The ROBUSTREG Procedure |

The classical analysis of variance (ANOVA) technique based on least squares assumes that the underlying experimental errors are normally distributed. However, data often contain outliers due to recording or other errors. In other cases, extreme responses occur when control variables in the experiments are set to extremes. It is important to distinguish these extreme points and determine whether they are outliers or important extreme cases. You can use the ROBUSTREG procedure for robust analysis of variance based on M estimation. Typically, there are no high leverage points in a well-designed experiment, so M estimation is appropriate.

The following example shows how to use the ROBUSTREG procedure for robust ANOVA.

An experiment was carried out to study the effects of two successive treatments (T1, T2) on the recovery time of mice with certain diseases. Sixteen mice were randomly assigned into four groups for the four different combinations of the treatments. The recovery times (time) were recorded (in hours) as shown in the following data set recover.

data recover; input T1 $ T2 $ time @@; datalines; 0 0 20.2 0 0 23.9 0 0 21.9 0 0 42.4 1 0 27.2 1 0 34.0 1 0 27.4 1 0 28.5 0 1 25.9 0 1 34.5 0 1 25.1 0 1 34.2 1 1 35.0 1 1 33.9 1 1 38.3 1 1 39.9 ;

The following statements invoke the GLM procedure ( Chapter 39, The GLM Procedure ) for a standard ANOVA:

proc glm data=recover; class T1 T2; model time = T1 T2 T1*T2; run;

Output 75.2.1 indicates that the overall model effect is not significant at the level, and Output 75.2.2 indicates that neither treatment is significant at the level.

The following statements invoke the ROBUSTREG procedure with the same model:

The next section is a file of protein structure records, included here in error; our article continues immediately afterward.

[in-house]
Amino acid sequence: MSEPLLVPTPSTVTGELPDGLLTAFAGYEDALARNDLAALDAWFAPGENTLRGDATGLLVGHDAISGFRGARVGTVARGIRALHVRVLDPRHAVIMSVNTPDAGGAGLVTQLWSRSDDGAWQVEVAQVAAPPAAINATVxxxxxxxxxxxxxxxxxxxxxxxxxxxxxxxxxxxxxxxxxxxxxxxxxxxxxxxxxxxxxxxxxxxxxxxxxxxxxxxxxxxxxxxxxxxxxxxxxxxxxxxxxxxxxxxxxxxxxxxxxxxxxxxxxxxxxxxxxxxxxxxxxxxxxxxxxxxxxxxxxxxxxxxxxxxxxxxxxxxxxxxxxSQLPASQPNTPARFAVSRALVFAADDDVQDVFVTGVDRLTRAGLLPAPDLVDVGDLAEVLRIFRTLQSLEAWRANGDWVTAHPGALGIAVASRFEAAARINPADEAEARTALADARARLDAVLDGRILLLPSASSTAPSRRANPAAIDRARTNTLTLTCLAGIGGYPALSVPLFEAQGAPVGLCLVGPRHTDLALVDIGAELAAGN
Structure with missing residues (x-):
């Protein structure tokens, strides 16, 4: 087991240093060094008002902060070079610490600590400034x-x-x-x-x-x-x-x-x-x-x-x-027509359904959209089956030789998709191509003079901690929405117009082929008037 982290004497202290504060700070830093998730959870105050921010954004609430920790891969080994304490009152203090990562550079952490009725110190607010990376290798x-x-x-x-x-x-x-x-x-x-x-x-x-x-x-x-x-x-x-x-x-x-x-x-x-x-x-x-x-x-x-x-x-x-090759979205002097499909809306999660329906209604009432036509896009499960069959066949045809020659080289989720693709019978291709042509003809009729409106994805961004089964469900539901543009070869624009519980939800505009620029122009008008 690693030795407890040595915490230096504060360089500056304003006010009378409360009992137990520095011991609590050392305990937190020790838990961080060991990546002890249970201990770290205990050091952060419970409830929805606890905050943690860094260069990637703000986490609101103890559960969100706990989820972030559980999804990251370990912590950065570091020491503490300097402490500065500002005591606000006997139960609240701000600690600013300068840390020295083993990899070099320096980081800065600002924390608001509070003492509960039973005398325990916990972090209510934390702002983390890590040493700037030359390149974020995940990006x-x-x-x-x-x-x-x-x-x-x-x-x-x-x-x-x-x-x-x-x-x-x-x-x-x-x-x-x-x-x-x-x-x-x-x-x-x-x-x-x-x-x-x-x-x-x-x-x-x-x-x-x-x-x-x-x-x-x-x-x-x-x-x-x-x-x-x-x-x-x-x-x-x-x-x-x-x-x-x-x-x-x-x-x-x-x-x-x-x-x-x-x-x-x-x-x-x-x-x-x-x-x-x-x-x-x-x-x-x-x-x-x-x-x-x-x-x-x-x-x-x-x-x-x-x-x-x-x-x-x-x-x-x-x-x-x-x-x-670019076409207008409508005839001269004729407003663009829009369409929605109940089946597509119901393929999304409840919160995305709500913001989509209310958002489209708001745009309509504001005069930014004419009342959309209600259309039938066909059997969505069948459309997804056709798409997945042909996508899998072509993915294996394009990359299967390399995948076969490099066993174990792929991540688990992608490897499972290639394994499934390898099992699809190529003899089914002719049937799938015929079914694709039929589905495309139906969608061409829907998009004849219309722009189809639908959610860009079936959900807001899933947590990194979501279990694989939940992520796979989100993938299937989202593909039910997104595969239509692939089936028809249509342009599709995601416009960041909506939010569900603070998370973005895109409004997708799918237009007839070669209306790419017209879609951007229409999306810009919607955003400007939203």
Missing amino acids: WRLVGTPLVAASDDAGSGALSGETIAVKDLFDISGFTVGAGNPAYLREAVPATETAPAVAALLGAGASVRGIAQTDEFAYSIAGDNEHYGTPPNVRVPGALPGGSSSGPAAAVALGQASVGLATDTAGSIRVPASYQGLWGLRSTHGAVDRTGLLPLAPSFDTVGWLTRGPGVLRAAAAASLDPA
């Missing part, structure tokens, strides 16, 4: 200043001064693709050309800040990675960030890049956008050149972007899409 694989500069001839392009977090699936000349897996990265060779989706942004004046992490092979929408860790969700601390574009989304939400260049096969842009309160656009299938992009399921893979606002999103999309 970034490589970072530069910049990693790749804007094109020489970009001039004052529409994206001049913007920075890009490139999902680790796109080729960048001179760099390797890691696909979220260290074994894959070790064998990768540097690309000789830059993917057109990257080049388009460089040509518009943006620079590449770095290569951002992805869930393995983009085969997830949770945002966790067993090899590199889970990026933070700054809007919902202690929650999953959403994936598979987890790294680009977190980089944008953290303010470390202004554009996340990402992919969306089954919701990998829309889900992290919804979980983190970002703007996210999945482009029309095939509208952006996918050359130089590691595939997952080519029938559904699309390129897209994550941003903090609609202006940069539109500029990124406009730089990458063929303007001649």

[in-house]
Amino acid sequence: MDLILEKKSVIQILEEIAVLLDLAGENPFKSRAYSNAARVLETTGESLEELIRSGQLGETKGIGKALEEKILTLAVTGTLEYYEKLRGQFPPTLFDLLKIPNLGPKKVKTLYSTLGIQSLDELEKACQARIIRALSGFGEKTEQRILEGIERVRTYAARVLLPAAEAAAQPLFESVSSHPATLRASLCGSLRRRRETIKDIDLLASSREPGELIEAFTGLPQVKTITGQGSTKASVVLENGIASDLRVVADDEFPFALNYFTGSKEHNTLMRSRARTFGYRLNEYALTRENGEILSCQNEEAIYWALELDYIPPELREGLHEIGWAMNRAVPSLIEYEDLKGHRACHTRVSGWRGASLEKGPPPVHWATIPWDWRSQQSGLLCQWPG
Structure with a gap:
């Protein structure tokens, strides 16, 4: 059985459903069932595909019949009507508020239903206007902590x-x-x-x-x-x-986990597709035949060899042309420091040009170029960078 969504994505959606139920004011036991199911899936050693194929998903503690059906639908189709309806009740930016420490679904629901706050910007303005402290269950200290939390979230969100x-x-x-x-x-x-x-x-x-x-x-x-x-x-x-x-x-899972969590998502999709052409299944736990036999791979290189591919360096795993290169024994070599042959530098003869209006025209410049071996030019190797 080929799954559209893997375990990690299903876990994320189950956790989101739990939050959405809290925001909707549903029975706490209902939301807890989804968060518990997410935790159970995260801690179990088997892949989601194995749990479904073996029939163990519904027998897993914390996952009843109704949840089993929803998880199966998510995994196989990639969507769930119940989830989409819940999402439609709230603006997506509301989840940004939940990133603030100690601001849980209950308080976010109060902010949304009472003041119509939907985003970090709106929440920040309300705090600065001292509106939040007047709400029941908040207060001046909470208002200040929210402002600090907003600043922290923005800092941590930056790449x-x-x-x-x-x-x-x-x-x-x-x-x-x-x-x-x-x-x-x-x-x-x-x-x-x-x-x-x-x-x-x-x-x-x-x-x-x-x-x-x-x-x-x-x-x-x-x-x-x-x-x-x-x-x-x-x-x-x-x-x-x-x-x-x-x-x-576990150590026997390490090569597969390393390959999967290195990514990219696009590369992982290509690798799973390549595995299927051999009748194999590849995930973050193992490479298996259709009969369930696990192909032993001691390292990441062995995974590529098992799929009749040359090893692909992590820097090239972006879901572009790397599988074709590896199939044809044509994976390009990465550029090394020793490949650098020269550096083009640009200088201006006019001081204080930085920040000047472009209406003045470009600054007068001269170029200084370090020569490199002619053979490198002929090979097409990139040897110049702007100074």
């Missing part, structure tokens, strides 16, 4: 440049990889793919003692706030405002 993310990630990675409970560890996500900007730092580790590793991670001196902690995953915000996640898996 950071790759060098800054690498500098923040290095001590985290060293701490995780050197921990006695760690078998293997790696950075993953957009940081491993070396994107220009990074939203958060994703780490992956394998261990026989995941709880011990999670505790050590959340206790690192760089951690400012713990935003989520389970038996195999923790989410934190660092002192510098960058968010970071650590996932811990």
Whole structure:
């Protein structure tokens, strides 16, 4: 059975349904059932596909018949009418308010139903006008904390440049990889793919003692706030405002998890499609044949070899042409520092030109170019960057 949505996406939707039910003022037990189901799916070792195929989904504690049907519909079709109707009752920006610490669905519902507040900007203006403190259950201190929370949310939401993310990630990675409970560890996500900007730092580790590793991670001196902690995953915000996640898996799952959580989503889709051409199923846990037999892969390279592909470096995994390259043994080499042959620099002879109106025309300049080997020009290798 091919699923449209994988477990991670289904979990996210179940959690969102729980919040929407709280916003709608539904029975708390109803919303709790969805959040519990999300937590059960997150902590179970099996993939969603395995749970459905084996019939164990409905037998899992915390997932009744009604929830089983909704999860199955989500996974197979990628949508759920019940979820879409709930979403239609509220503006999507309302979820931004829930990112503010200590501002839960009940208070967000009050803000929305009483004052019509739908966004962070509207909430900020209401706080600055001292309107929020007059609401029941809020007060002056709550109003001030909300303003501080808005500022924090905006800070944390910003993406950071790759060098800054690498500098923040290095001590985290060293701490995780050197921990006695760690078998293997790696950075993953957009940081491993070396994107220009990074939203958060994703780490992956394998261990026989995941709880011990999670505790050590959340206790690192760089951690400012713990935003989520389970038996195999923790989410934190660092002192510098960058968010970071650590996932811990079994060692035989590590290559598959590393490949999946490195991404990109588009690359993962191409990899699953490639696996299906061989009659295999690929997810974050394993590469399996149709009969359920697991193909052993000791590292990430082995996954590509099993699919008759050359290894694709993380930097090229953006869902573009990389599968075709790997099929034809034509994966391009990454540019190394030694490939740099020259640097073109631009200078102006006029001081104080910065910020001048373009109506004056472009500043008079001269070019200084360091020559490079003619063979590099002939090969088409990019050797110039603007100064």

proc robustreg data=recover; class T1 T2; model time = T1 T2 T1*T2 / diagnostics; T1_T2: test T1*T2; output out=robout r=resid sr=stdres; run;

Output 75.2.3 shows some basic information about the model and the response variable time.

The "Parameter Estimates" table in Output 75.2.4 indicates that the main effects of both treatments are significant at the level.

Parameter Estimates | |||||||||
---|---|---|---|---|---|---|---|---|---|

Parameter | DF | Estimate | Standard Error | 95% Confidence Limits | Chi-Square | Pr > ChiSq | |||

Intercept | 1 | 36.7655 | 2.0489 | 32.7497 | 40.7814 | 321.98 | <.0001 | ||

T1 | 0 | 1 | -6.8307 | 2.8976 | -12.5100 | -1.1514 | 5.56 | 0.0184 | |

T1 | 1 | 0 | 0.0000 | . | . | . | . | . | |

T2 | 0 | 1 | -7.6755 | 2.8976 | -13.3548 | -1.9962 | 7.02 | 0.0081 | |

T2 | 1 | 0 | 0.0000 | . | . | . | . | . | |

T1*T2 | 0 | 0 | 1 | -0.2619 | 4.0979 | -8.2936 | 7.7698 | 0.00 | 0.9490 |

T1*T2 | 0 | 1 | 0 | 0.0000 | . | . | . | . | . |

T1*T2 | 1 | 0 | 0 | 0.0000 | . | . | . | . | . |

T1*T2 | 1 | 1 | 0 | 0.0000 | . | . | . | . | . |

Scale | 1 | 3.5346 |

The reason for the difference between the traditional ANOVA and the robust ANOVA is explained by Output 75.2.5, which shows that the fourth observation is an outlier. Further investigation shows that the original value of 24.4 for the fourth observation was recorded incorrectly.

Output 75.2.6 displays the robust test results. The interaction between the two treatments is not significant. Output 75.2.7 displays the robust residuals and standardized robust residuals.

Obs | T1 | T2 | time | resid | stdres |
---|---|---|---|---|---|

1 | 0 | 0 | 20.2 | -1.7974 | -0.50851 |

2 | 0 | 0 | 23.9 | 1.9026 | 0.53827 |

3 | 0 | 0 | 21.9 | -0.0974 | -0.02756 |

4 | 0 | 0 | 42.4 | 20.4026 | 5.77222 |

5 | 1 | 0 | 27.2 | -1.8900 | -0.53472 |

6 | 1 | 0 | 34.0 | 4.9100 | 1.38911 |

7 | 1 | 0 | 27.4 | -1.6900 | -0.47813 |

8 | 1 | 0 | 28.5 | -0.5900 | -0.16693 |

9 | 0 | 1 | 25.9 | -4.0348 | -1.14152 |

10 | 0 | 1 | 34.5 | 4.5652 | 1.29156 |

11 | 0 | 1 | 25.1 | -4.8348 | -1.36785 |

12 | 0 | 1 | 34.2 | 4.2652 | 1.20668 |

13 | 1 | 1 | 35.0 | -1.7655 | -0.49950 |

14 | 1 | 1 | 33.9 | -2.8655 | -0.81070 |

15 | 1 | 1 | 38.3 | 1.5345 | 0.43413 |

16 | 1 | 1 | 39.9 | 3.1345 | 0.88679 |

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